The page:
If you've ever read a book by Jodi Picoult you know that she writes a story from the perspective of each different character, giving each character chapters of their own. The narrative is told in pieces with each chapter containing something from another chapter and something new. In this way, the total story is told more completely than it could have been were it not for all the different facets. For example, if my flute students were to tell you the story of their amazing flute teacher, the book would have a few chapters from Kid A, some from Kid B, some from Kid C, etc. Kid A would tell you about something. Kid B might tell you about something else but there would be references to the story Kid A told about, thereby giving you two things: 1) an additional perspective on one story, and 2) something new. Kid C might offer you several things: 1) an additional perspective on either story A or B, 2) something totally new, or 3) say nothing about story A or B. In this way, the story of Deb as a flute teacher is told with greater depth.
Each of the four gospels can be seen as telling the whole of the Gospel, the Good News, in this same way. Each gospel has some things that are identical to the other books, and some new things, and some differing perspectives on some of the parts that they share. This way the story of Jesus, the story of the whole of the Good News is told with greater depth.
The four gospel writers chose different places to start their writing. We know that each gospel writer has a certain point that is most important to them. Mark begins his gospel right smack in the middle of the whole record of salvation history with not a baby, it's not cosmic, it starts with an adult John the Baptist. A prophet. The writer of the gospel of Mark doesn't just want us to know about Jesus. The writer wants his audience to understand Jesus. In order to do that, the author of the gospel of Mark brings to mind prophets his readers would know of.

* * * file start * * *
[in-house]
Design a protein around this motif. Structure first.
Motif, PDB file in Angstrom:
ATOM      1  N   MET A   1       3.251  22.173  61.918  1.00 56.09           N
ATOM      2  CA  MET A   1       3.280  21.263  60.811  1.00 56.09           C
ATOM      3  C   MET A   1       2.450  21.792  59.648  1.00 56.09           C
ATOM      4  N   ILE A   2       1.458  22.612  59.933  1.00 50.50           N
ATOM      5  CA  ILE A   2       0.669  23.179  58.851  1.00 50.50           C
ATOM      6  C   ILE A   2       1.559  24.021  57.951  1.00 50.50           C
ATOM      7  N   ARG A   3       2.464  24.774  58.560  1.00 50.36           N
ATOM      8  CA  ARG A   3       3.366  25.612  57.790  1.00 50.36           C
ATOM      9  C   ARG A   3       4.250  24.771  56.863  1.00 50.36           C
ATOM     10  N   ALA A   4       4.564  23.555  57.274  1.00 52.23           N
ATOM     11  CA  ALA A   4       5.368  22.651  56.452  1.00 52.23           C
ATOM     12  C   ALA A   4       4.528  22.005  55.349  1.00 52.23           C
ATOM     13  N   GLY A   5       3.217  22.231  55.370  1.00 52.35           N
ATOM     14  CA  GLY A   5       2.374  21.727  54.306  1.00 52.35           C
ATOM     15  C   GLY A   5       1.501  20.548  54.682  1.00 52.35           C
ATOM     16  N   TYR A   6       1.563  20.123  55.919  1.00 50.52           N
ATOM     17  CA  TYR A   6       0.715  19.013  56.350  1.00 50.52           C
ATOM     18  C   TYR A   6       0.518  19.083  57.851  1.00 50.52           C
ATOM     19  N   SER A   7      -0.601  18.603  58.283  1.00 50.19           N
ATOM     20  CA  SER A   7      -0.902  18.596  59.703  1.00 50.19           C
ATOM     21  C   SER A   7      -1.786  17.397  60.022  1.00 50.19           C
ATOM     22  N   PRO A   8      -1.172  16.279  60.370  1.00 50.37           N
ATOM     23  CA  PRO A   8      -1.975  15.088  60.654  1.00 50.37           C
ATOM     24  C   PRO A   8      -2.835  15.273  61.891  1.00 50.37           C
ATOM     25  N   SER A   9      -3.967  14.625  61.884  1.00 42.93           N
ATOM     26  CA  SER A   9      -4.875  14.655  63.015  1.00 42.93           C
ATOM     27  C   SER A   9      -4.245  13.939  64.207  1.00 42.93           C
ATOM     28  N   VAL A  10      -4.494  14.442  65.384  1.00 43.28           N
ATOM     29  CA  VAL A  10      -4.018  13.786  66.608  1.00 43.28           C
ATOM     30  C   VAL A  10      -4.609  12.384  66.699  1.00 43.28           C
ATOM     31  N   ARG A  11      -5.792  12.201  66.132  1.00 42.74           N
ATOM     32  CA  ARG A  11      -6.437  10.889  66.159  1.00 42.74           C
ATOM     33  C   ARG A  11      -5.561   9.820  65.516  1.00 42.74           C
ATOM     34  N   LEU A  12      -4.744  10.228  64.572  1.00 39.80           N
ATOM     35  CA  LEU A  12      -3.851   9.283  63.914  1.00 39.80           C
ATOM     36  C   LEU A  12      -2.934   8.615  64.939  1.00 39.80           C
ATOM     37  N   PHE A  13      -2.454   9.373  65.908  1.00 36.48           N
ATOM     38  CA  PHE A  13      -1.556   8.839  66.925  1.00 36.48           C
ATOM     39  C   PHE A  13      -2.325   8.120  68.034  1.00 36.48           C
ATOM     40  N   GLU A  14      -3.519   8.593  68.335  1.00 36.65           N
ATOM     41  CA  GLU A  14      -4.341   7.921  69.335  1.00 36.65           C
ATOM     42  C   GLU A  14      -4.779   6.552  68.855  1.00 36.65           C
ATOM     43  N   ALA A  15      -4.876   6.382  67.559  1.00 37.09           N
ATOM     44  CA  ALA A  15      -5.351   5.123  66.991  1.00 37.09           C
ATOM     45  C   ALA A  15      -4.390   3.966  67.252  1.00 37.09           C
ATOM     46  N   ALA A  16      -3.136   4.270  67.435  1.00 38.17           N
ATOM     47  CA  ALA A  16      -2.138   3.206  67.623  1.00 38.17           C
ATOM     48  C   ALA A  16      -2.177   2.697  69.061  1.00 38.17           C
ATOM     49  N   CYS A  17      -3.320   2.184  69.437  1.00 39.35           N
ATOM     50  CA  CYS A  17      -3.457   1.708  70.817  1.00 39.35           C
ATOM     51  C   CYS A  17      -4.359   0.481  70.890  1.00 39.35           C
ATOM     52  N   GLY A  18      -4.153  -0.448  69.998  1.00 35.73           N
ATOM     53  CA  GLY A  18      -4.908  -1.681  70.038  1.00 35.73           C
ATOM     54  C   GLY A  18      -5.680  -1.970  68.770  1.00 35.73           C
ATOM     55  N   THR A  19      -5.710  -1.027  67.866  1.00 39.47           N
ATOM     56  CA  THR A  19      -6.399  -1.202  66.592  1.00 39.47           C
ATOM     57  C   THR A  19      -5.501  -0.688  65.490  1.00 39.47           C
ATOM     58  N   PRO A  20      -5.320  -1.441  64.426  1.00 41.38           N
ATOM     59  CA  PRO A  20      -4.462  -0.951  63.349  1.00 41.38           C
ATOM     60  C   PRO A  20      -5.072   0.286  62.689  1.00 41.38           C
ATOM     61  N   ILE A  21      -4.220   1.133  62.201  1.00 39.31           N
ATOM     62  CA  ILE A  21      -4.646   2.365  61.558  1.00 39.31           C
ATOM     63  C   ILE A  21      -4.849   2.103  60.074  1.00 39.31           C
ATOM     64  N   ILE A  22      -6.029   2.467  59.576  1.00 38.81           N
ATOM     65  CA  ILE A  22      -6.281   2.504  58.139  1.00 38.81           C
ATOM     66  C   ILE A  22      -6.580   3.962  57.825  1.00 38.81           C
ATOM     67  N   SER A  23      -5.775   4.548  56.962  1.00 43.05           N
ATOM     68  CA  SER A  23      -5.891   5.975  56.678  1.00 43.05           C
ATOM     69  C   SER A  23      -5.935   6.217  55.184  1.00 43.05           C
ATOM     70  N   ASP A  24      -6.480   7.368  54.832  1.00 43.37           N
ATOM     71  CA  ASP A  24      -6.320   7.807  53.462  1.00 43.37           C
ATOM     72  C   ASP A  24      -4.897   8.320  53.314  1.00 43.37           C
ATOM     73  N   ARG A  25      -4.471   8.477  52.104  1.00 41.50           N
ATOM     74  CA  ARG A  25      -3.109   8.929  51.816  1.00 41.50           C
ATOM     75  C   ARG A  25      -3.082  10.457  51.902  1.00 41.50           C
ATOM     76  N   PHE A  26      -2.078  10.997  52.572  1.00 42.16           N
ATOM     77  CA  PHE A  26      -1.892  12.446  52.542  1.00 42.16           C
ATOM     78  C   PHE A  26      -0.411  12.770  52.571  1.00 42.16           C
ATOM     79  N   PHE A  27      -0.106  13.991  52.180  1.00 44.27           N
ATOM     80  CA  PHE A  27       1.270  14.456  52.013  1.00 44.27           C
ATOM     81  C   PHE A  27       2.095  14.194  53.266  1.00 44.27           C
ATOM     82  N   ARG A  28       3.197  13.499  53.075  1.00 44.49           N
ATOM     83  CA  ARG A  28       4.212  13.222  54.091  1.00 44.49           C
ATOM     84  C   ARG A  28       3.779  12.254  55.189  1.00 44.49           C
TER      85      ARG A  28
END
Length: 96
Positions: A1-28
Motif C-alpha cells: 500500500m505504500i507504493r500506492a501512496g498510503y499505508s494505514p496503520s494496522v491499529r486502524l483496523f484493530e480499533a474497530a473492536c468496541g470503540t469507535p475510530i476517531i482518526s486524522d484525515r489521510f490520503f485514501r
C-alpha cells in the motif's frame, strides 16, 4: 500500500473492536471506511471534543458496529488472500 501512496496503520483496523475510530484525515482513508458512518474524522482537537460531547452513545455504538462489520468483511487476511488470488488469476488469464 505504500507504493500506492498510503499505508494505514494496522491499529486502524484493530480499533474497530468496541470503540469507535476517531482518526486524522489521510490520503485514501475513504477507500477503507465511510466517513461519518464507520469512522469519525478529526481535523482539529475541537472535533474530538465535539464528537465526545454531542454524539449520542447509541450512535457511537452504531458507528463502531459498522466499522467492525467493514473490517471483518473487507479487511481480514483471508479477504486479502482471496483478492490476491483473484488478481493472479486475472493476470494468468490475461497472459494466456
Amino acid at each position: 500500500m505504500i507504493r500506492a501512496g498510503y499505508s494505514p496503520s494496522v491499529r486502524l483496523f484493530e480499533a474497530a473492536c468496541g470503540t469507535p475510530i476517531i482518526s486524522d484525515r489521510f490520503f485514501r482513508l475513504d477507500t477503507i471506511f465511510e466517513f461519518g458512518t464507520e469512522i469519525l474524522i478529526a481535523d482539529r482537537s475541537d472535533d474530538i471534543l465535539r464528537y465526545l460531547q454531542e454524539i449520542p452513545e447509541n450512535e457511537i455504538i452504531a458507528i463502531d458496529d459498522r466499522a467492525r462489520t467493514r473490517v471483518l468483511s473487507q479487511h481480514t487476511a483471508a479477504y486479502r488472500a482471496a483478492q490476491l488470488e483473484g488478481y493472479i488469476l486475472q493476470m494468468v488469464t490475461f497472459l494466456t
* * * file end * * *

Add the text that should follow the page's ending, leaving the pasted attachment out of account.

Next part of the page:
I invite you to mention in the comments section, anyone from history that you would consider a prophet.
The audience of the 1st century was a worried lot. They were a mixed people of Jews and gentiles. A small sect, the followers of Jesus had been waiting about 40 years and still their leader had not returned as promised. People were losing heart. There was a great deal of political unrest in Rome and Jerusalem was under siege. People didn't know which was the path to peace – submission to the heavy hand of Rome or another more aggressive approach. By writing this gospel and starting off with a reminder of a previous prophet, Isaiah, and his words about a messenger, he reminded the hearers that God had promised to intervene once before. The description of John the Baptist as being dressed in camels hair and wearing a leather belt around his waist, and eating locust and honey would have recalled for hearers the prophet Elijah. In 2 Kings chapter 1, Elijah is described as, “ 8“A hairy man, with a leather belt around his waist.” Commentator Judy Yates Siker writes, “The portrayal of John as an Elijah presence…recalls not only the saving activity of God in the past, but also the understanding that with Elijah all prophecy ceased – until the coming of the Messiah.”1
It's as if John's appearance was to remind everyone of who exactly Elijah was so that they would be prepared to hear what he was about to say. And what he was about to say was it's not me. I am only the messenger. I am the first part of the words of Isaiah, I am the messenger being sent ahead; I am the one preparing the way. I am the beginning of the beginning.